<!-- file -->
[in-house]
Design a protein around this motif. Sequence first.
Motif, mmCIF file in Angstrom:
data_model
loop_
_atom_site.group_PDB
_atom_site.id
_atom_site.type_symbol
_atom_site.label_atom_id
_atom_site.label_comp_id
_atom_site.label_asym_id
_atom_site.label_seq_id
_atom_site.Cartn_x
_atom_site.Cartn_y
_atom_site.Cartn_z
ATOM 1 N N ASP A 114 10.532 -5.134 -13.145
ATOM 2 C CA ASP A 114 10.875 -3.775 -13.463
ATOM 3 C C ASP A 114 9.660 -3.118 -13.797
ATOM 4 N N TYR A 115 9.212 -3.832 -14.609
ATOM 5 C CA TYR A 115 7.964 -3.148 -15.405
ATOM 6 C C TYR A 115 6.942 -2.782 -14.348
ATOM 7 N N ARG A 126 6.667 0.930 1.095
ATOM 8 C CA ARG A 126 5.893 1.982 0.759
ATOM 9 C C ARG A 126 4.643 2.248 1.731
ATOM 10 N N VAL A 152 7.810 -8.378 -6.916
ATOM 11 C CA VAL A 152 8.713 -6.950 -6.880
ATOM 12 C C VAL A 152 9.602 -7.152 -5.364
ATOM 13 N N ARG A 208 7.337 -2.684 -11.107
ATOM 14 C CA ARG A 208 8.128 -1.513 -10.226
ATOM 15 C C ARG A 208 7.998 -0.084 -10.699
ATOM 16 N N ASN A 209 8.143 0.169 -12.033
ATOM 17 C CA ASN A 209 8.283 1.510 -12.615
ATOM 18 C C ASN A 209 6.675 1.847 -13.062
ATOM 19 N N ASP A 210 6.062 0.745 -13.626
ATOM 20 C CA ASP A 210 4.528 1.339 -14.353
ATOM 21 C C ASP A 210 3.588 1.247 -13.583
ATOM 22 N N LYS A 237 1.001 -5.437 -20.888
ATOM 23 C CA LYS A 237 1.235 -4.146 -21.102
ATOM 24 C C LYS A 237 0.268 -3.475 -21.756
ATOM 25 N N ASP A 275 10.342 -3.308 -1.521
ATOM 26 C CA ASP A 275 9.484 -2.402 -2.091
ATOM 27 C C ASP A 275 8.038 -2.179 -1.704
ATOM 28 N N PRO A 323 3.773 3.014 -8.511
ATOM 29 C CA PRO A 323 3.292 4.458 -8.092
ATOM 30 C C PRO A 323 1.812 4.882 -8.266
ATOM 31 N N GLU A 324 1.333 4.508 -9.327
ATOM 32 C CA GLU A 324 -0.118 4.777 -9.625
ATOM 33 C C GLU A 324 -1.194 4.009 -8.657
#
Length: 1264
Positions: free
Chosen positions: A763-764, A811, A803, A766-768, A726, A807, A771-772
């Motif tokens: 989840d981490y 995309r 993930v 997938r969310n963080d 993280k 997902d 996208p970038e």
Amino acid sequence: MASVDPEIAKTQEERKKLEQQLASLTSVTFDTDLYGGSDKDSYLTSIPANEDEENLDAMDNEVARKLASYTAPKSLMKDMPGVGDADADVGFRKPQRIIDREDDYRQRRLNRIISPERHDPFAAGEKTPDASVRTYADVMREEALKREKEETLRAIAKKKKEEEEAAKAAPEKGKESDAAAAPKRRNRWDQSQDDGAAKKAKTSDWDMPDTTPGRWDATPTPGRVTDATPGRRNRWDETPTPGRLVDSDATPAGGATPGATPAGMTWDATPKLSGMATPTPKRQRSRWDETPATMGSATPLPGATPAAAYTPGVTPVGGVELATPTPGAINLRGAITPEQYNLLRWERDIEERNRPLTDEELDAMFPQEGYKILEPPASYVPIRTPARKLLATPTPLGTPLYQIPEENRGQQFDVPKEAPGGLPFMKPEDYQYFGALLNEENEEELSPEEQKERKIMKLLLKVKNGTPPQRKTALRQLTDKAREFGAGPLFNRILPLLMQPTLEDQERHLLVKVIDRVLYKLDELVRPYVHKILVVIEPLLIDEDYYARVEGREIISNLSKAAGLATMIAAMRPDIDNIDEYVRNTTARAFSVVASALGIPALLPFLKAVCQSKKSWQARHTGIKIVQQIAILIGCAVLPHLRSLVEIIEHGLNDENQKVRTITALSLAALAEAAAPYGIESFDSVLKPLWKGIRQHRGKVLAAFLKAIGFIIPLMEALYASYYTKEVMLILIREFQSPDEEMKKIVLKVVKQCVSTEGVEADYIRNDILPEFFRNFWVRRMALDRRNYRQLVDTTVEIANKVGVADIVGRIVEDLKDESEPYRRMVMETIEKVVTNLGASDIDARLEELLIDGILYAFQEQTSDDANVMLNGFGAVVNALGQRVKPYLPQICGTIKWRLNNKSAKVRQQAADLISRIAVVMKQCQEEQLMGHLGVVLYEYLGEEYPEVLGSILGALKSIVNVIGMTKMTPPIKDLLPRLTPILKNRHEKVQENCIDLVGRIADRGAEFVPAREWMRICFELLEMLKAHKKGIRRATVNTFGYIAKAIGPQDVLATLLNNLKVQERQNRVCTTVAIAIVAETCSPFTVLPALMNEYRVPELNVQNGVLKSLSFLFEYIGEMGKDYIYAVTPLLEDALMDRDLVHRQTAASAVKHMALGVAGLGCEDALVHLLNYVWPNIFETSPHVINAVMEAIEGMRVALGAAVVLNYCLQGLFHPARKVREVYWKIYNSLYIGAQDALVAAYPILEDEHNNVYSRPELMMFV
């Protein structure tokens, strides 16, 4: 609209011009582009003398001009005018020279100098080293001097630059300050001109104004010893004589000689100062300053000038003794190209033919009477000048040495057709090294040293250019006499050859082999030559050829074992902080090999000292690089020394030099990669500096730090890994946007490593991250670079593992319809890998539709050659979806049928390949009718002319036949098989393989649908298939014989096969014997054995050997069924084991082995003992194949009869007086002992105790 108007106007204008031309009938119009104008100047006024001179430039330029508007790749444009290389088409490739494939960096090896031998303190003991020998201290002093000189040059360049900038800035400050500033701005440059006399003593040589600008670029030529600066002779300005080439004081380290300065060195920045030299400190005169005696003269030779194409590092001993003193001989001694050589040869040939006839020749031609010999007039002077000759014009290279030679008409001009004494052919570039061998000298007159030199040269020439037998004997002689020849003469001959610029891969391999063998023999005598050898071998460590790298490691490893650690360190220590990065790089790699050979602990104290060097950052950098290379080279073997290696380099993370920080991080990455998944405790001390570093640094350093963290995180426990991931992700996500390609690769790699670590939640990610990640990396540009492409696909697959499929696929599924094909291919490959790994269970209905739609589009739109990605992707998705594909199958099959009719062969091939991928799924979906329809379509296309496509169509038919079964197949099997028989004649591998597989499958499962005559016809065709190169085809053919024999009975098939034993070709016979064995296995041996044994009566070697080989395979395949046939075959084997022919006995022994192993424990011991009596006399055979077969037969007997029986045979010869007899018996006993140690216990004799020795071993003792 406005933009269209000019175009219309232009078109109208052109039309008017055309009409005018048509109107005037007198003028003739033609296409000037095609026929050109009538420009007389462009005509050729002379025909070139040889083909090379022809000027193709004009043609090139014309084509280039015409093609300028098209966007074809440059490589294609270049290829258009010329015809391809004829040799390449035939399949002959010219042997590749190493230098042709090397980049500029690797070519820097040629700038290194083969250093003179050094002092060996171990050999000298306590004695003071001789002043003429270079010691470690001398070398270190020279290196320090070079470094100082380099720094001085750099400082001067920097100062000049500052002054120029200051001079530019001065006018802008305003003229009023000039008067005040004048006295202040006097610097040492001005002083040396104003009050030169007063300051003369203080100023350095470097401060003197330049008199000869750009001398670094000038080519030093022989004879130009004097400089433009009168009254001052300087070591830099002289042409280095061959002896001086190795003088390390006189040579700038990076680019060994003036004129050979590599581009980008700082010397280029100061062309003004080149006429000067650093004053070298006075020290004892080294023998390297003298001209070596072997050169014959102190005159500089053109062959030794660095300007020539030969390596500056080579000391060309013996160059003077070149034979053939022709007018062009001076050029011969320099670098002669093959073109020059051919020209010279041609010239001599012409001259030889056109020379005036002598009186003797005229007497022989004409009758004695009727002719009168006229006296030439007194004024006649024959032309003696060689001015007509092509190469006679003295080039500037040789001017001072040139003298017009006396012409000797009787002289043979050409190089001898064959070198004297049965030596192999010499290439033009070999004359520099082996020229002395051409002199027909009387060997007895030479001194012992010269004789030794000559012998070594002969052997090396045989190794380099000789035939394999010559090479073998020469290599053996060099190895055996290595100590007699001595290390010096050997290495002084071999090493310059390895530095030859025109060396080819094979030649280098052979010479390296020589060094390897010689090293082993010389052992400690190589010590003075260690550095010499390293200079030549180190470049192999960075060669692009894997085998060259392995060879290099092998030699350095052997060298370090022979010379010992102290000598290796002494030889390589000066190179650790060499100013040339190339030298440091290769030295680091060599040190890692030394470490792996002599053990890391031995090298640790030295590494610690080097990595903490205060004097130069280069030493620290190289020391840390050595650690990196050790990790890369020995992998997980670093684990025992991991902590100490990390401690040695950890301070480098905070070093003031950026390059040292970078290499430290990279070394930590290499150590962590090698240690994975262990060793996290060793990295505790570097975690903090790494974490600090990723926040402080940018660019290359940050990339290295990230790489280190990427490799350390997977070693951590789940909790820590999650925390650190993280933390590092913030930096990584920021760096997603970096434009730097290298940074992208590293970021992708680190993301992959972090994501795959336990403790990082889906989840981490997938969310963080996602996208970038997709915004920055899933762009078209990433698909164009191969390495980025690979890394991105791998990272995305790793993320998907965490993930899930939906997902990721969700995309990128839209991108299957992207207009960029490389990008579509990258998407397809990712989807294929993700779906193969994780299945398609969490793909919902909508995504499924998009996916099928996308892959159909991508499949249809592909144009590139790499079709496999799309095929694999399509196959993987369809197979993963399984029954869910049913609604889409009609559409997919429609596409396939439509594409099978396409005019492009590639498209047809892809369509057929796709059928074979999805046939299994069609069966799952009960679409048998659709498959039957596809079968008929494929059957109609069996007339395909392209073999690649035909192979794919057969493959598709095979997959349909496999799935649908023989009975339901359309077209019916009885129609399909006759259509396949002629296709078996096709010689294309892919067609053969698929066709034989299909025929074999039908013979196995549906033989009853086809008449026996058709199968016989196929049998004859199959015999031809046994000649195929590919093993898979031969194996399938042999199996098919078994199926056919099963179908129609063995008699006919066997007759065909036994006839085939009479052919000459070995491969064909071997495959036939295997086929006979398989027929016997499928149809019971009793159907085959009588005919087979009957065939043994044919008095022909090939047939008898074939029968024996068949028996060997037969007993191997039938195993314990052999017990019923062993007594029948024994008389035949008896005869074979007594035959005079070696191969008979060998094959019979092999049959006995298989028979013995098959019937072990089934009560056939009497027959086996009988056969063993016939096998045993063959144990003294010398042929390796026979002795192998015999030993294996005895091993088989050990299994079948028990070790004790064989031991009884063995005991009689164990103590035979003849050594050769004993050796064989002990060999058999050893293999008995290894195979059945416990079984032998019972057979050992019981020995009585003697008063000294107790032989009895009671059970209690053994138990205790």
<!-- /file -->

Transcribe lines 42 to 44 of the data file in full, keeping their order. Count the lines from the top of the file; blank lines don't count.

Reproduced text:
ATOM 27 C C ASP A 275 8.038 -2.179 -1.704
ATOM 28 N N PRO A 323 3.773 3.014 -8.511
ATOM 29 C CA PRO A 323 3.292 4.458 -8.092